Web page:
November 16, 2009
.Professor will be sending out on WebCT a list of content for Quiz 2 -
everything from the beginning of term until quiz 2 - see it in the e-
.Faculty of Health sent out a survey they have asked that you complete
.If you are interested in having things change do the survey.
Measurement and Data Collection Concepts
>Validity-does the test (study) measure what it is supposed to measure?
-e.g. chin-ups to test lower body strength
-Internal and External Validity
>Internal validity-is it correct to infer a cause and effect
relationship? Has researcher controlled all variables?
>Face [logical] validity-test appears correct
.This means on the surface does it appear that this is correct.
>Content validity rationale for each test item.
.When you conduct an experiment the experiment has test items.
.Do each one of those activities makes sense is there a rationale for
>Construct validity-test two extreme groups
.Honesty is an example of something that cannot be measured correctly.
.Sportsmanship is another concept that cannot be measured.
.If we take the example of honesty one would expect that people who are
in prison are dishonest and perhaps religious leaders might be very
.Therefore we test the two groups - one would expect the score for one
group to be higher than the other.
-Concurrent validity-compare established test to new one
(sometimes called criterion validity)
.You are getting the same type of measurement using a different type of
-Predictive validity-test score predicts future performance
.Example someone looked at your marks previously and decided that you
will be successful in university.
.Are these kinds of tests accurate? NO.
MCAP, LSAT, GRA etc.
Page 1 of5 >External validity-can the results be generalized to other settings?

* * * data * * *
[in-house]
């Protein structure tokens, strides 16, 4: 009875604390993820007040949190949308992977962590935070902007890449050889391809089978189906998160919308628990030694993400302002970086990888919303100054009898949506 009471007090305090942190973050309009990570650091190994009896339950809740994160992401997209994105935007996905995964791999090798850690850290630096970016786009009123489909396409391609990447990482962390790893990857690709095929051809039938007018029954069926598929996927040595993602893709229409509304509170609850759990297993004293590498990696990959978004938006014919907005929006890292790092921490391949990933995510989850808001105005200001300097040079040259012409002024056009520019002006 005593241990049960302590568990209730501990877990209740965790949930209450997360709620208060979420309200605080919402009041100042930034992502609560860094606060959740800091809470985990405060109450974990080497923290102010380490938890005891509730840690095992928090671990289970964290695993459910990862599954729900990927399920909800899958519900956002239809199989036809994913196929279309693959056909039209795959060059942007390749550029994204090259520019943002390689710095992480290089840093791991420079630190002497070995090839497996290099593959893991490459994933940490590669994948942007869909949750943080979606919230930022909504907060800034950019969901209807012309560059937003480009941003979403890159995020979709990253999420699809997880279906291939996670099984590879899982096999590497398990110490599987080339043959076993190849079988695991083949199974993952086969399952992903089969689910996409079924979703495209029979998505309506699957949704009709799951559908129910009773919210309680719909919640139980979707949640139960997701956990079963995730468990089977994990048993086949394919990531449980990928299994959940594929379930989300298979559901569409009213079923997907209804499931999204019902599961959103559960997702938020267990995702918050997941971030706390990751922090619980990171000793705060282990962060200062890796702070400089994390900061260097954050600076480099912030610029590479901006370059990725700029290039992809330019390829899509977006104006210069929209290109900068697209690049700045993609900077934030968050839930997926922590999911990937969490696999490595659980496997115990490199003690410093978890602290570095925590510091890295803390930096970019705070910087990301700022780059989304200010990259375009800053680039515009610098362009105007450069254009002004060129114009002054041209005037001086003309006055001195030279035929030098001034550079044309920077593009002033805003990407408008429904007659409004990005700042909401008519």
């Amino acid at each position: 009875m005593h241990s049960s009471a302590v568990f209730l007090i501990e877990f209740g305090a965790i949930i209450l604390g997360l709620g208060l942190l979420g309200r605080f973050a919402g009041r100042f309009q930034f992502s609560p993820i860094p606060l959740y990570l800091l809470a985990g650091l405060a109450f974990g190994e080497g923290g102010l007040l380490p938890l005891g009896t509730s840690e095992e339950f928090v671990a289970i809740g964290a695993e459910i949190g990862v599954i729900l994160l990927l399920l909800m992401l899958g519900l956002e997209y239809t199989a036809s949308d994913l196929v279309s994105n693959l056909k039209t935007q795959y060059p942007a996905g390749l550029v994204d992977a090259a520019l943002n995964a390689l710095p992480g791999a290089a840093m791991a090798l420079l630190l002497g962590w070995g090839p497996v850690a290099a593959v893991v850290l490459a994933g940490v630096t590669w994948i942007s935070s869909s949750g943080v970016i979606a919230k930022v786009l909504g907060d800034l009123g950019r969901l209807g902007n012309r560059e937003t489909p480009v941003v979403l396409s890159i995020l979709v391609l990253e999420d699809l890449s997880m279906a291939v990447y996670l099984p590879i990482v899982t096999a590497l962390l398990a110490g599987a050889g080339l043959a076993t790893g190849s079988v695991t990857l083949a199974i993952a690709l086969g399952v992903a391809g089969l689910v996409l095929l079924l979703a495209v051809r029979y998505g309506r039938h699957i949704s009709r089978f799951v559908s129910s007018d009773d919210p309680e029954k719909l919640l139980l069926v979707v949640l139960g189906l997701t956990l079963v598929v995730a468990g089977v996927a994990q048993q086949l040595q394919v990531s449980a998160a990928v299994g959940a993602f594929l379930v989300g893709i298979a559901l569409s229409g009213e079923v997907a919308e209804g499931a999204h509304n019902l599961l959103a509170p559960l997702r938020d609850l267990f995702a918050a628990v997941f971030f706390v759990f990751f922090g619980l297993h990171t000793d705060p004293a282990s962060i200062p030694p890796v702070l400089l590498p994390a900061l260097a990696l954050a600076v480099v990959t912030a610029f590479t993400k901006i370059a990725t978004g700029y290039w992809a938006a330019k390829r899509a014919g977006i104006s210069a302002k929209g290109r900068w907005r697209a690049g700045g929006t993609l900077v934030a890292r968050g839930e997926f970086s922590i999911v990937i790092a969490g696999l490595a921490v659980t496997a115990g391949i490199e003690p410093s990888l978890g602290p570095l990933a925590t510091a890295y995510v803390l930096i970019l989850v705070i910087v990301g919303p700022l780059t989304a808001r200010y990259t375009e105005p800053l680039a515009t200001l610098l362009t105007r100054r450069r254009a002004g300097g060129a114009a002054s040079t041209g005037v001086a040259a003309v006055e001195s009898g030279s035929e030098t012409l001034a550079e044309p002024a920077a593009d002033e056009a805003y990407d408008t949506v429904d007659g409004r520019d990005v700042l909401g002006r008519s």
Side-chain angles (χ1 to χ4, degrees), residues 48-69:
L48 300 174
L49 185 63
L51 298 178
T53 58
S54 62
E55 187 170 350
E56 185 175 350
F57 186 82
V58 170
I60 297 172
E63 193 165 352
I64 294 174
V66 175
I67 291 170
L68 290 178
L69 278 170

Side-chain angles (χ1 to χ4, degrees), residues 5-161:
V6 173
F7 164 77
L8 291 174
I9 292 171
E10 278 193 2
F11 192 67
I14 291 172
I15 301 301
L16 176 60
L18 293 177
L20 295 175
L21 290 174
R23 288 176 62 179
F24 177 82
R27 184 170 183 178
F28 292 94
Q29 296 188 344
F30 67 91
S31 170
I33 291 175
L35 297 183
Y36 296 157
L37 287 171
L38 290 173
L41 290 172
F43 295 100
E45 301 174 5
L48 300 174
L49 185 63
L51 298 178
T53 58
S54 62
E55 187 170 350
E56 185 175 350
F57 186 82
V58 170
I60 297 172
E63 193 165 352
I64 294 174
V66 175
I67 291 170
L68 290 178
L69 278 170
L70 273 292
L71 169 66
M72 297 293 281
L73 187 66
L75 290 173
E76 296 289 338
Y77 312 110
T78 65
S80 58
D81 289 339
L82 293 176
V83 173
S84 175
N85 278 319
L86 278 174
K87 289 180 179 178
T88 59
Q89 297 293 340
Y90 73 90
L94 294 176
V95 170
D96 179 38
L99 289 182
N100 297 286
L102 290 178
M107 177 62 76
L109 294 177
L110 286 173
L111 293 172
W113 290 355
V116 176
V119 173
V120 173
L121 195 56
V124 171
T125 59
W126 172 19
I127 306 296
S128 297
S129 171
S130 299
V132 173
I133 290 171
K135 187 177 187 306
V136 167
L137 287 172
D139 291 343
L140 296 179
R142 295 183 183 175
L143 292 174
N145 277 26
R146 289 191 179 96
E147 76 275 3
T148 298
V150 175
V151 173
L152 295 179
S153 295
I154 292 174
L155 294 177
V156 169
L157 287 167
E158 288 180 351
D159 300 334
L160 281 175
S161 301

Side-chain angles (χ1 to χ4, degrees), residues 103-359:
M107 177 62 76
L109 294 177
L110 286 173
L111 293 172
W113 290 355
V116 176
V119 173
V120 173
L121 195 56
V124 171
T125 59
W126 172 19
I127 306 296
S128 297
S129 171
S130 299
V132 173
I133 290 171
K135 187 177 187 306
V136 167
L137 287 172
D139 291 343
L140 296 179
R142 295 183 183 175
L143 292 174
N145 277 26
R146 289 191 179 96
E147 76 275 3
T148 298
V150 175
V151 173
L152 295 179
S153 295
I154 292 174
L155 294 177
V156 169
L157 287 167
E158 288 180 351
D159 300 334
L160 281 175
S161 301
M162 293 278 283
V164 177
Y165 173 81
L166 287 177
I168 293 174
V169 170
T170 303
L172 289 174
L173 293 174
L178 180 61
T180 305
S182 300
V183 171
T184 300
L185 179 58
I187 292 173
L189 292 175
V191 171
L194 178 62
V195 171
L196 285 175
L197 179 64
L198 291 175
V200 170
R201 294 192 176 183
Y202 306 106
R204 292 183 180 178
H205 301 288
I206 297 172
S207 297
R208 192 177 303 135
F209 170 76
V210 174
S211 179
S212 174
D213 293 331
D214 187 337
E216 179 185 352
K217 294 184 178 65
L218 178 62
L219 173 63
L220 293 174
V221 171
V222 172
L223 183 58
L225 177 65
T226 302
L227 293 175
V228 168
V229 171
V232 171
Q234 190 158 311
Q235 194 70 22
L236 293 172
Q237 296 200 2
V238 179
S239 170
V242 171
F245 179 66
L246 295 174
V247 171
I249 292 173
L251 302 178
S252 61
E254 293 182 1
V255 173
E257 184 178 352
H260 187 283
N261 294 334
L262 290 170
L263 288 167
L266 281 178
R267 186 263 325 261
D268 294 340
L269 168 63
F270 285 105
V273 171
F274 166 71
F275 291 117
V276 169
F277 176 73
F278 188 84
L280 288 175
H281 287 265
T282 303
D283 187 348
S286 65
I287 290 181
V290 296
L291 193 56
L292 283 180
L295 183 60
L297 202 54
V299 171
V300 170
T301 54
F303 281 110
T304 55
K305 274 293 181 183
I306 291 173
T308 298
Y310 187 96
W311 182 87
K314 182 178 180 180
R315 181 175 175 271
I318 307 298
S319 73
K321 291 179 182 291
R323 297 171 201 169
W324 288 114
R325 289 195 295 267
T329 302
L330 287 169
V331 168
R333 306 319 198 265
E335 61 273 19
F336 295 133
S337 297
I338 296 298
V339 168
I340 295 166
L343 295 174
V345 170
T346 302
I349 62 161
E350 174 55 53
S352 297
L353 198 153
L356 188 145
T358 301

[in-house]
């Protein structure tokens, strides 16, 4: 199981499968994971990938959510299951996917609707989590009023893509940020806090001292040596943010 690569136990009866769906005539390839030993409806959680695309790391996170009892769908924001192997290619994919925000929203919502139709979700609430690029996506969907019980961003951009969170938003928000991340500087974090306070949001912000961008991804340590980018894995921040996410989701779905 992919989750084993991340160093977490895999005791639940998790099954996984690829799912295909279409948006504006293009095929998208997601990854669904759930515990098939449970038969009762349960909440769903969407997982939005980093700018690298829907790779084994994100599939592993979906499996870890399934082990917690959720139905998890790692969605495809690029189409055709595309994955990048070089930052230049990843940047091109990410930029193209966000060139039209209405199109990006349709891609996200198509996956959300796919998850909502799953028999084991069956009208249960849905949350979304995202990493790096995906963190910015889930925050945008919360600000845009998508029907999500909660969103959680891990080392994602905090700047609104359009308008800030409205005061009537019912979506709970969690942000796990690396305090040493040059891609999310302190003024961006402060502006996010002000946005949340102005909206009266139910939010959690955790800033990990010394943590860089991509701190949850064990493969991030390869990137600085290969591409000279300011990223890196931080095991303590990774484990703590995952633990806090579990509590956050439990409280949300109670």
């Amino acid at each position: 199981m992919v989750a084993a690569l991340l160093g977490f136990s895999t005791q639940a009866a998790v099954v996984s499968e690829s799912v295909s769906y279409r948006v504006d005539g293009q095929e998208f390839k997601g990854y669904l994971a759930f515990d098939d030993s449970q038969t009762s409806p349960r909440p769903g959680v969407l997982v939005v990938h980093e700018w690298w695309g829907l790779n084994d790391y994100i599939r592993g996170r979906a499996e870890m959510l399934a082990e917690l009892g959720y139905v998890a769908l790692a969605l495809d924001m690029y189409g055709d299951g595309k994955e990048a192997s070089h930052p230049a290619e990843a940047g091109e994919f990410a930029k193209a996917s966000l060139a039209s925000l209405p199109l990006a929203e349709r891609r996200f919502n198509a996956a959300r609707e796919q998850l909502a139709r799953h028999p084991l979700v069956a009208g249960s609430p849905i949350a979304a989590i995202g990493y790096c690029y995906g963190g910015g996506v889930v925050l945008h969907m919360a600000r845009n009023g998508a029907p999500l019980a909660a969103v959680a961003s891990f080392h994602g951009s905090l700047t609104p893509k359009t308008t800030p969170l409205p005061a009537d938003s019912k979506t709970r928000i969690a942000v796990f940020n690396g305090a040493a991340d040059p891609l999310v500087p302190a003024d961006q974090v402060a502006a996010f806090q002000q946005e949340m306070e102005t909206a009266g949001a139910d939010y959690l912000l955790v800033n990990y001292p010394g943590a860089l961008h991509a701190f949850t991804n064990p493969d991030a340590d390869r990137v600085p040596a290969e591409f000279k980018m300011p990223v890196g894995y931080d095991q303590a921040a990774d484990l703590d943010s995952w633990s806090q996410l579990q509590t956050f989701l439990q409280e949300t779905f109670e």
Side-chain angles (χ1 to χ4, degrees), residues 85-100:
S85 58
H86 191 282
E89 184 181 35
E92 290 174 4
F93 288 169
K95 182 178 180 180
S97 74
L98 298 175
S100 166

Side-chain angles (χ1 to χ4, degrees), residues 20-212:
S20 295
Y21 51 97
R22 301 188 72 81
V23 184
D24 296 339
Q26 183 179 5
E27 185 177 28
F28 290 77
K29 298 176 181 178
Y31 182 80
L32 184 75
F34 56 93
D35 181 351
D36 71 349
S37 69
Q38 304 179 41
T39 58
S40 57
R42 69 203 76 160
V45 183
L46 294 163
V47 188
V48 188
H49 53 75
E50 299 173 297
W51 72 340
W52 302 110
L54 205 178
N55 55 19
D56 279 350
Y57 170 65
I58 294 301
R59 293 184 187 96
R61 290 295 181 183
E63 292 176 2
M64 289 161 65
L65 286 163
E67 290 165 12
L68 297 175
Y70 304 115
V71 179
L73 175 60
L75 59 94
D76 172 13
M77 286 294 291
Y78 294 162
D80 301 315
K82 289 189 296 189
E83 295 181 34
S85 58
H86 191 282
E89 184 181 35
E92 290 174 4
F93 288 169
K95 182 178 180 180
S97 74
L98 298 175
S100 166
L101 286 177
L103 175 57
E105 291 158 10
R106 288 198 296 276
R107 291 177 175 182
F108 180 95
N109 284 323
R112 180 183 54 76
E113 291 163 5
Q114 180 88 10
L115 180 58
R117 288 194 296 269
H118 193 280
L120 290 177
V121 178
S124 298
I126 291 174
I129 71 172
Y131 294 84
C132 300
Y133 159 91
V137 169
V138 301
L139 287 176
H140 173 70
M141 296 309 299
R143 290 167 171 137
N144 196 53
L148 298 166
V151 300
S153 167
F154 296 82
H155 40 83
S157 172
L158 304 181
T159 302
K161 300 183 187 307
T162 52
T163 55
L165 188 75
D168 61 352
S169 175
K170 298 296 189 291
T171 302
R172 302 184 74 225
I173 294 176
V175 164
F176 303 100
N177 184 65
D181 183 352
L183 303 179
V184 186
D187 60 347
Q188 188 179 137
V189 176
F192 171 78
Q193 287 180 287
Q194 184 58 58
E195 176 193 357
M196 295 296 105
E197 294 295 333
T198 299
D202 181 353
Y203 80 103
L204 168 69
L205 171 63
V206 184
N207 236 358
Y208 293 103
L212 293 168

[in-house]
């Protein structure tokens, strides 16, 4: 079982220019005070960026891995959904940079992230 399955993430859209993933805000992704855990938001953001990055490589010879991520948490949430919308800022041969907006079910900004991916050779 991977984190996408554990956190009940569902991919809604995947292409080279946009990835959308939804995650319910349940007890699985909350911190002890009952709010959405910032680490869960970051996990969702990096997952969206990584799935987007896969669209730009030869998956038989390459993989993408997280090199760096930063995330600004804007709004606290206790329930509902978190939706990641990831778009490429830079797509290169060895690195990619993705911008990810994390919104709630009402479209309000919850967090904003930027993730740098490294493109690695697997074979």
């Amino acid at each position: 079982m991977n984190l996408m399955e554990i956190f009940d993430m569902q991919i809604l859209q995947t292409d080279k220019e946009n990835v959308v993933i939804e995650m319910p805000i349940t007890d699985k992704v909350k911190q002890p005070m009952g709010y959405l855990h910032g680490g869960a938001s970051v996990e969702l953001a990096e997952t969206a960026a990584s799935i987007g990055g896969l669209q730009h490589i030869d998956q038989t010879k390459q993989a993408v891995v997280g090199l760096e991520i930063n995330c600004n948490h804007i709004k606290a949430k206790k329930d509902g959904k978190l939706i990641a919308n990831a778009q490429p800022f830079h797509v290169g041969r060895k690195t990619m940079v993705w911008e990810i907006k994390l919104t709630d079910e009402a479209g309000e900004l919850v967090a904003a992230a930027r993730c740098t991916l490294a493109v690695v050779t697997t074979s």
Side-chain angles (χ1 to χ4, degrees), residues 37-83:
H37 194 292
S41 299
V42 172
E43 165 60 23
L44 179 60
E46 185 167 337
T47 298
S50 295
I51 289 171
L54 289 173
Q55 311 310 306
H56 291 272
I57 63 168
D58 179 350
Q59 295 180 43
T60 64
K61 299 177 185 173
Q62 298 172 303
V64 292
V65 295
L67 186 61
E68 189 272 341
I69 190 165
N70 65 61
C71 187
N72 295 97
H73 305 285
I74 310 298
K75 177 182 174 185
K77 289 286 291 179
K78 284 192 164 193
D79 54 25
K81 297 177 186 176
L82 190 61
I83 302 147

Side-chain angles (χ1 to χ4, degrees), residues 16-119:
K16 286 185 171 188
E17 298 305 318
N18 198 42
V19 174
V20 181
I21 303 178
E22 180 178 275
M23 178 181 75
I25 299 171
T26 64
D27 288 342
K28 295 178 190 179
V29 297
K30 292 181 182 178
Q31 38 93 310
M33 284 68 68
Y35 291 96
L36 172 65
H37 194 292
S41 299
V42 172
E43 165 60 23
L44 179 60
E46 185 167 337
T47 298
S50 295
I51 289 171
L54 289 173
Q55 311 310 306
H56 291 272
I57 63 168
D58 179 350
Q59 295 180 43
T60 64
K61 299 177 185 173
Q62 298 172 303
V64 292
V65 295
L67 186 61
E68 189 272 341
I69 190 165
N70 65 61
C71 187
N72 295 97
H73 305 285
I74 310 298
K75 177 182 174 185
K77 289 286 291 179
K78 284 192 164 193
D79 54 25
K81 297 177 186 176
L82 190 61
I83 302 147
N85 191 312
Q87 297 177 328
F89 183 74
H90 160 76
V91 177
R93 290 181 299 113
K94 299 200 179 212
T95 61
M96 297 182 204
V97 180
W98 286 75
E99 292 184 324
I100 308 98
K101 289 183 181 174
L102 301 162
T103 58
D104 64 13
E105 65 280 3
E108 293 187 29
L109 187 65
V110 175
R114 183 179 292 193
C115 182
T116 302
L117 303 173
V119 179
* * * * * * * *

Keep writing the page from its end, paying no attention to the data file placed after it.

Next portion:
-Was the sample representative of the population?
Two broad classes of External Validity-
-Generalize from sample subjects to similar population
.Professor said for example he takes approx 30-40 students and compare.
-Generalize from experimental conditions to other conditions.
>Reliability-refers to the consistency or repeatability of the data
-e.g. measure a board today and then one week later
.This would be considered good reliability.
>anytime a measurement is made some error introduced,
>any obtained score is composed of two elements, the true score component
and an error component:
>Xo = Xt + Xe
>where Xo is the observed score, Xt is the true score, and Xe is
>A test is administered twice to the same group of subjects.
>A correlation coefficient computed between the resulting two sets of
scores will serve as an indicator of the test's reliability.
.Example measuring the heights of various people in the class.
.Suppose we are measuring honesty and you score very high on it.
.Suppose you do another test and you score poorly - maybe this is not a
>The rest is split into two parts. Each part is scored and the resulting
two sets of scores are correlated.
>A knowledge test consisting of 50 items.
>The sum of the scores for the odd-numbered trials (items) and the scores
for the even-numbered.....(Professor changed slides)
>The even-odd split is usually adopted so that the effects of learning
from being tested and fatigue are equally represented in both sums of the
score for each individual.
>Thus two scores (an odd total and even total) are available....
(Professor changed slides)
Page 2 of5 .Suppose you are shooting a pistol - two targets shown.
Target 1 - Valid and Reliable
-shots shown are all close to the bull’s eye
Reliable BUT not Valid
.it is away from the bull’s-eye therefore it is an invalid instrument
that you are using.
Common Source of Error
>These are threats to validity
>Maturation-subjects change over time